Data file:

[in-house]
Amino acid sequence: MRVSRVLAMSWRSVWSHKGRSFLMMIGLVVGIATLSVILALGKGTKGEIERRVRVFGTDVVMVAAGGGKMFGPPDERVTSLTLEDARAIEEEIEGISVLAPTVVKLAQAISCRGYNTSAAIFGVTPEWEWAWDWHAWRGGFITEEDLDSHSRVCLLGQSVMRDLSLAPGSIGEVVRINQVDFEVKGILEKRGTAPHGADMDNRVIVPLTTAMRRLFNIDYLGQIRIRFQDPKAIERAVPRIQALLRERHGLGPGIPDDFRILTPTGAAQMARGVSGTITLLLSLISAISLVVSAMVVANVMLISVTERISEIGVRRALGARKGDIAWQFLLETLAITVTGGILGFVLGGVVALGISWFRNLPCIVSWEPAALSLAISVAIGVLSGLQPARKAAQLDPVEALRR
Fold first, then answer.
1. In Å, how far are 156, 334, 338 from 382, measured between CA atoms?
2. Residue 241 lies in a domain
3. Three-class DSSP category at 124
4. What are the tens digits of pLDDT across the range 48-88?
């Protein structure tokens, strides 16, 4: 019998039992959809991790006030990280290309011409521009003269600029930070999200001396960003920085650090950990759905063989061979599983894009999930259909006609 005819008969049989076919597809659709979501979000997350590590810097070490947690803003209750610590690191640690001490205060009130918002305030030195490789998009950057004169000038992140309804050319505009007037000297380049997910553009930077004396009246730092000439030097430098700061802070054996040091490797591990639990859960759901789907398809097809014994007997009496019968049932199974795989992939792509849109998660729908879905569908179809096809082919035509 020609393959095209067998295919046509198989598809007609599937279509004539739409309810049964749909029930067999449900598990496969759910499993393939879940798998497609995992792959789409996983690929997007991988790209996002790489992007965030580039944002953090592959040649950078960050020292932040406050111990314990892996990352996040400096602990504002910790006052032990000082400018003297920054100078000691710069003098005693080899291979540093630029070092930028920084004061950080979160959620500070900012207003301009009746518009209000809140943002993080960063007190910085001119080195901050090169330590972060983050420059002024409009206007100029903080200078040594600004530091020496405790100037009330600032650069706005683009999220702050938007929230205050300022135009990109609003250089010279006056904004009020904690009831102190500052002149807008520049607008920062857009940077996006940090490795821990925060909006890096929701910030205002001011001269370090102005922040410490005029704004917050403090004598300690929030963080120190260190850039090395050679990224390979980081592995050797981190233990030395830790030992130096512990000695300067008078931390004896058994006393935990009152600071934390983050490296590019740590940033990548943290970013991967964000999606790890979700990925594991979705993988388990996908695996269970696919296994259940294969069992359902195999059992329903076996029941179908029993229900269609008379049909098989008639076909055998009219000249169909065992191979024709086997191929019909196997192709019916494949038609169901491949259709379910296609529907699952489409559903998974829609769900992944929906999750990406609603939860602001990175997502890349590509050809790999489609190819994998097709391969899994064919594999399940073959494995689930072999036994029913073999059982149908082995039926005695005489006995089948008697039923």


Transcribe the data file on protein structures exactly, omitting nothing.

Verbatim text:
[in-house]
Amino acid sequence: MRVSRVLAMSWRSVWSHKGRSFLMMIGLVVGIATLSVILALGKGTKGEIERRVRVFGTDVVMVAAGGGKMFGPPDERVTSLTLEDARAIEEEIEGISVLAPTVVKLAQAISCRGYNTSAAIFGVTPEWEWAWDWHAWRGGFITEEDLDSHSRVCLLGQSVMRDLSLAPGSIGEVVRINQVDFEVKGILEKRGTAPHGADMDNRVIVPLTTAMRRLFNIDYLGQIRIRFQDPKAIERAVPRIQALLRERHGLGPGIPDDFRILTPTGAAQMARGVSGTITLLLSLISAISLVVSAMVVANVMLISVTERISEIGVRRALGARKGDIAWQFLLETLAITVTGGILGFVLGGVVALGISWFRNLPCIVSWEPAALSLAISVAIGVLSGLQPARKAAQLDPVEALRR
Fold first, then answer.
1. In Å, how far are 156, 334, 338 from 382, measured between CA atoms?
2. Residue 241 lies in a domain
3. Three-class DSSP category at 124
4. What are the tens digits of pLDDT across the range 48-88?
């Protein structure tokens, strides 16, 4: 019998039992959809991790006030990280290309011409521009003269600029930070999200001396960003920085650090950990759905063989061979599983894009999930259909006609 005819008969049989076919597809659709979501979000997350590590810097070490947690803003209750610590690191640690001490205060009130918002305030030195490789998009950057004169000038992140309804050319505009007037000297380049997910553009930077004396009246730092000439030097430098700061802070054996040091490797591990639990859960759901789907398809097809014994007997009496019968049932199974795989992939792509849109998660729908879905569908179809096809082919035509 020609393959095209067998295919046509198989598809007609599937279509004539739409309810049964749909029930067999449900598990496969759910499993393939879940798998497609995992792959789409996983690929997007991988790209996002790489992007965030580039944002953090592959040649950078960050020292932040406050111990314990892996990352996040400096602990504002910790006052032990000082400018003297920054100078000691710069003098005693080899291979540093630029070092930028920084004061950080979160959620500070900012207003301009009746518009209000809140943002993080960063007190910085001119080195901050090169330590972060983050420059002024409009206007100029903080200078040594600004530091020496405790100037009330600032650069706005683009999220702050938007929230205050300022135009990109609003250089010279006056904004009020904690009831102190500052002149807008520049607008920062857009940077996006940090490795821990925060909006890096929701910030205002001011001269370090102005922040410490005029704004917050403090004598300690929030963080120190260190850039090395050679990224390979980081592995050797981190233990030395830790030992130096512990000695300067008078931390004896058994006393935990009152600071934390983050490296590019740590940033990548943290970013991967964000999606790890979700990925594991979705993988388990996908695996269970696919296994259940294969069992359902195999059992329903076996029941179908029993229900269609008379049909098989008639076909055998009219000249169909065992191979024709086997191929019909196997192709019916494949038609169901491949259709379910296609529907699952489409559903998974829609769900992944929906999750990406609603939860602001990175997502890349590509050809790999489609190819994998097709391969899994064919594999399940073959494995689930072999036994029913073999059982149908082995039926005695005489006995089948008697039923």